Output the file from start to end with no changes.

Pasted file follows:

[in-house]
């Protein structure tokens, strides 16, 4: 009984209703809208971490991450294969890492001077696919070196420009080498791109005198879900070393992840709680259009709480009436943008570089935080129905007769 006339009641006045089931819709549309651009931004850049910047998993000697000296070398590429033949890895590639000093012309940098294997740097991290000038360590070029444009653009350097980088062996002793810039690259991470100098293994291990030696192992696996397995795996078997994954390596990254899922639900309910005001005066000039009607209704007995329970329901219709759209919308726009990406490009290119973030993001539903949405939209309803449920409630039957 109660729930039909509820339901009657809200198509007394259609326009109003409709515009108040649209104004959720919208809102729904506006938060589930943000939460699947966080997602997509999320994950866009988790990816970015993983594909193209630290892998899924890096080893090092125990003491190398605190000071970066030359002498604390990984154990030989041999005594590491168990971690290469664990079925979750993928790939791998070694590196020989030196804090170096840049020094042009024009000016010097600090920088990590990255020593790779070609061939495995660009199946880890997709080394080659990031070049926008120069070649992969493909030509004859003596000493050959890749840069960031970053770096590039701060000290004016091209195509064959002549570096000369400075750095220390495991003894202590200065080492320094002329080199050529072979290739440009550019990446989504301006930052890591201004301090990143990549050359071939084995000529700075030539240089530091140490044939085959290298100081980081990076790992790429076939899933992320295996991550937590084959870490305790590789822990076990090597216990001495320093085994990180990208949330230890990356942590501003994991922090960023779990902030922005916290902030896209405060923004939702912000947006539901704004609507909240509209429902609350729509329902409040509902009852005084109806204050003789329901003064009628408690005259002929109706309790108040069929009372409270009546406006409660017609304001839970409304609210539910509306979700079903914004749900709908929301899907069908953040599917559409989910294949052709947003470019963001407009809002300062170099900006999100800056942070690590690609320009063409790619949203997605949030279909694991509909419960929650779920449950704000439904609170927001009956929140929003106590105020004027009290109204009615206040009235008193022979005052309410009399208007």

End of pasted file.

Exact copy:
[in-house]
């Protein structure tokens, strides 16, 4: 009984209703809208971490991450294969890492001077696919070196420009080498791109005198879900070393992840709680259009709480009436943008570089935080129905007769 006339009641006045089931819709549309651009931004850049910047998993000697000296070398590429033949890895590639000093012309940098294997740097991290000038360590070029444009653009350097980088062996002793810039690259991470100098293994291990030696192992696996397995795996078997994954390596990254899922639900309910005001005066000039009607209704007995329970329901219709759209919308726009990406490009290119973030993001539903949405939209309803449920409630039957 109660729930039909509820339901009657809200198509007394259609326009109003409709515009108040649209104004959720919208809102729904506006938060589930943000939460699947966080997602997509999320994950866009988790990816970015993983594909193209630290892998899924890096080893090092125990003491190398605190000071970066030359002498604390990984154990030989041999005594590491168990971690290469664990079925979750993928790939791998070694590196020989030196804090170096840049020094042009024009000016010097600090920088990590990255020593790779070609061939495995660009199946880890997709080394080659990031070049926008120069070649992969493909030509004859003596000493050959890749840069960031970053770096590039701060000290004016091209195509064959002549570096000369400075750095220390495991003894202590200065080492320094002329080199050529072979290739440009550019990446989504301006930052890591201004301090990143990549050359071939084995000529700075030539240089530091140490044939085959290298100081980081990076790992790429076939899933992320295996991550937590084959870490305790590789822990076990090597216990001495320093085994990180990208949330230890990356942590501003994991922090960023779990902030922005916290902030896209405060923004939702912000947006539901704004609507909240509209429902609350729509329902409040509902009852005084109806204050003789329901003064009628408690005259002929109706309790108040069929009372409270009546406006409660017609304001839970409304609210539910509306979700079903914004749900709908929301899907069908953040599917559409989910294949052709947003470019963001407009809002300062170099900006999100800056942070690590690609320009063409790619949203997605949030279909694991509909419960929650779920449950704000439904609170927001009956929140929003106590105020004027009290109204009615206040009235008193022979005052309410009399208007």